Hire Boats at Wrenbury Mill
The boats are at their most numerous around the lift bridge, which is electrically operated and gives boaters a rare opportunity to hold up the traffic. Despite working through as quickly and efficiently as the fail-safe devices built in to the system allow, I feel that a few people were late for church that morning! It must be chaos on a summer Saturday afternoon when most of the fleet set off for Llangollen.Duncan and I both have childhood memories of (separate) journeys along the A49 and catching a glimpse of the canal at Quoisley. These date from the 1960s – although we don’t remember seeing any boats in those days – but this was the first time that either of us had actually taken a boat through Quoisley lock. I still make fairly regular journeys up and down the A49 and always look out for the cut at Quoisley so it was interesting for a change to be on a boat “looking out” for the road.
The lock cottage at the top of the Grindley Brook staircase of three locks has obvious “Telford” influences.

Grindley Brook Lock Cottage - designed by Telford
We made good progress up the first three locks and caught up with an Alvechurch hire boat as it began its ascent of the 3-rise staircase. Despite being novices – and younger than the average boater – the crew knew what they were doing. However, either through age or inexperience, they were very apologetic and worried that they might be “holding us up”. They weren’t  – and although I said so – I wish I’d been a bit more forceful and reminded them they they had just as much right to be on the cut as anyone else and they certainly didn’t need to apologise for their presence. We stopped briefly for a bite to eat at the top of the locks and then Duncan took Starcross up to Whitchurch, whilst I made a start on packing and tidying up inside. The Whitchurch Arm runs off the main line of the canal towards the town of the same name and the first few hundred metres has been restored by the Whitchurch Waterways Trust, who have plans to re-open the remainder when the cash can be found. In the meantime, the arm is a very pleasant mooring spot and the Trust had very kindly agreed to allow me to overstay on their 48 hour moorings – and to keep an eye on Starcross – until rt II of the trip. Entry to the arm for most boats  from the east involves passing the entrance and winding to approach from the west due to the angle of the actual junction and then we had to wind again, half way down the arm before reversing into a suitable mooring spot. Then it was just a matter of collecting the car from a nearby car park and taking Duncan back to Norbury Junction for his vehicle before I returned home.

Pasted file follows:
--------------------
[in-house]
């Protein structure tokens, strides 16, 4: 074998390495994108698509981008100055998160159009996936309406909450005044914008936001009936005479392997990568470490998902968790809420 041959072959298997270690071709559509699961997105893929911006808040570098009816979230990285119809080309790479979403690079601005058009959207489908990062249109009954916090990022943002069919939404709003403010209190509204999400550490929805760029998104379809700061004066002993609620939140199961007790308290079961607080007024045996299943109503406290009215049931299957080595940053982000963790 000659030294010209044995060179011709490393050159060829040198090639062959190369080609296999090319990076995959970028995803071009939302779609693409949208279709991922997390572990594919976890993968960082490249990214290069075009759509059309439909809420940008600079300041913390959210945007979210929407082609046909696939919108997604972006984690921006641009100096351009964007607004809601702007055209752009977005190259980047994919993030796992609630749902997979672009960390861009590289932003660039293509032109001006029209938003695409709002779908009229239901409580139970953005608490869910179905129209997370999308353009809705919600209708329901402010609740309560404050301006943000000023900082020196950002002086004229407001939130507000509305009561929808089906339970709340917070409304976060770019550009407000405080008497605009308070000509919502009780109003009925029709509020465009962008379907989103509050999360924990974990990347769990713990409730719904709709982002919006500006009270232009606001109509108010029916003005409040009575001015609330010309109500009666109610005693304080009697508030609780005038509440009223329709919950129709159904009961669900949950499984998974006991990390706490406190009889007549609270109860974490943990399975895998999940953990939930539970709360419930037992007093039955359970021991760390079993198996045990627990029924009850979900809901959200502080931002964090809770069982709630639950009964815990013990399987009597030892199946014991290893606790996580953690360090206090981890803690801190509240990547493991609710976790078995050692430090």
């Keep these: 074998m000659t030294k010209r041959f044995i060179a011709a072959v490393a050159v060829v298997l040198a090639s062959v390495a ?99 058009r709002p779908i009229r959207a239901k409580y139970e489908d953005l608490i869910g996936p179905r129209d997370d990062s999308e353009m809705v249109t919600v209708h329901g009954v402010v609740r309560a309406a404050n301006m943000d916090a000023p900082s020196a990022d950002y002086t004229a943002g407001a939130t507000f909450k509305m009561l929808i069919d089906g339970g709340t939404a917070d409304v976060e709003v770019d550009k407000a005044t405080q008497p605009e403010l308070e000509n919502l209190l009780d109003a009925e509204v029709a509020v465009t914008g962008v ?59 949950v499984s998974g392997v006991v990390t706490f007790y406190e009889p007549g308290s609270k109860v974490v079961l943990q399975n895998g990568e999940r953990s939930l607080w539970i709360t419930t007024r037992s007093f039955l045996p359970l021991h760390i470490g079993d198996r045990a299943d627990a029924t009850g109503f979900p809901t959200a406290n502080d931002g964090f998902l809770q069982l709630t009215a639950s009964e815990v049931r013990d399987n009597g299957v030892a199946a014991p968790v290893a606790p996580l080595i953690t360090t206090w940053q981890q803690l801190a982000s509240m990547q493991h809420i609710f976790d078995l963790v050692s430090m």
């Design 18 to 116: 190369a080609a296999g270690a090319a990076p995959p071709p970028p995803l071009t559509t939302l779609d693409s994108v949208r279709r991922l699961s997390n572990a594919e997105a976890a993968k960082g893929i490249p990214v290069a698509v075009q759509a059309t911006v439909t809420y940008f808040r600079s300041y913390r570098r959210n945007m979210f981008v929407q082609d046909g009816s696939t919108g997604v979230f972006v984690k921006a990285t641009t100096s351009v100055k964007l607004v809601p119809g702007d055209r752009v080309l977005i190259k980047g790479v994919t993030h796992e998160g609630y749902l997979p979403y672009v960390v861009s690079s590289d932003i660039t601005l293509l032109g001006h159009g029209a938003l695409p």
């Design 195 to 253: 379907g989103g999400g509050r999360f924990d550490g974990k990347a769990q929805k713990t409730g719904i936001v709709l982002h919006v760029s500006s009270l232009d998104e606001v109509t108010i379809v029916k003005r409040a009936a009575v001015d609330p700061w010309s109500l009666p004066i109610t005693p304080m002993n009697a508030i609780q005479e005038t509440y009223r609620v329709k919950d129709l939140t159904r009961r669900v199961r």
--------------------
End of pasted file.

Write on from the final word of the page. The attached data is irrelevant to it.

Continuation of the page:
Llangollen Trip – Part II

Dates: 15th – 23rd March 2008
Route: Whitchurch to Llangollen and back
Crew: Jim and Hil
Saturday 15th March: Whitchurch to Platt Lane